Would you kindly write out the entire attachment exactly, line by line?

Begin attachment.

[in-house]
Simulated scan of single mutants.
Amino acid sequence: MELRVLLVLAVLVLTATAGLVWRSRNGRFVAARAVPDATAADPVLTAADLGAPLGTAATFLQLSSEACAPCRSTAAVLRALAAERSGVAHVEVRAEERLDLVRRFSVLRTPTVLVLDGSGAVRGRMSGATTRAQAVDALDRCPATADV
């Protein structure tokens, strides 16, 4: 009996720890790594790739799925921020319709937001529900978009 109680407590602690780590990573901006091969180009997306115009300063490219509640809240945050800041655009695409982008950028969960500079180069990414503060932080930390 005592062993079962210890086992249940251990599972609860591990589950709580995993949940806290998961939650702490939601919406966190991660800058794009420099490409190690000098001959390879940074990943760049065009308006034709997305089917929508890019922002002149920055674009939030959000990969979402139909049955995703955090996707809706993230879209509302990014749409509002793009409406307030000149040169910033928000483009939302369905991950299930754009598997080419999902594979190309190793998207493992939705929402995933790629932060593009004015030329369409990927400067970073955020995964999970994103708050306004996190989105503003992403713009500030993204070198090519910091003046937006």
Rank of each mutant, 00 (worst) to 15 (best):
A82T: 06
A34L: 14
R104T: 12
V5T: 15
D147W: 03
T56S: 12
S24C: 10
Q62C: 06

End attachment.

[in-house]
Simulated scan of single mutants.
Amino acid sequence: MELRVLLVLAVLVLTATAGLVWRSRNGRFVAARAVPDATAADPVLTAADLGAPLGTAATFLQLSSEACAPCRSTAAVLRALAAERSGVAHVEVRAEERLDLVRRFSVLRTPTVLVLDGSGAVRGRMSGATTRAQAVDALDRCPATADV
């Protein structure tokens, strides 16, 4: 009996720890790594790739799925921020319709937001529900978009 109680407590602690780590990573901006091969180009997306115009300063490219509640809240945050800041655009695409982008950028969960500079180069990414503060932080930390 005592062993079962210890086992249940251990599972609860591990589950709580995993949940806290998961939650702490939601919406966190991660800058794009420099490409190690000098001959390879940074990943760049065009308006034709997305089917929508890019922002002149920055674009939030959000990969979402139909049955995703955090996707809706993230879209509302990014749409509002793009409406307030000149040169910033928000483009939302369905991950299930754009598997080419999902594979190309190793998207493992939705929402995933790629932060593009004015030329369409990927400067970073955020995964999970994103708050306004996190989105503003992403713009500030993204070198090519910091003046937006």
Rank of each mutant, 00 (worst) to 15 (best):
A82T: 06
A34L: 14
R104T: 12
V5T: 15
D147W: 03
T56S: 12
S24C: 10
Q62C: 06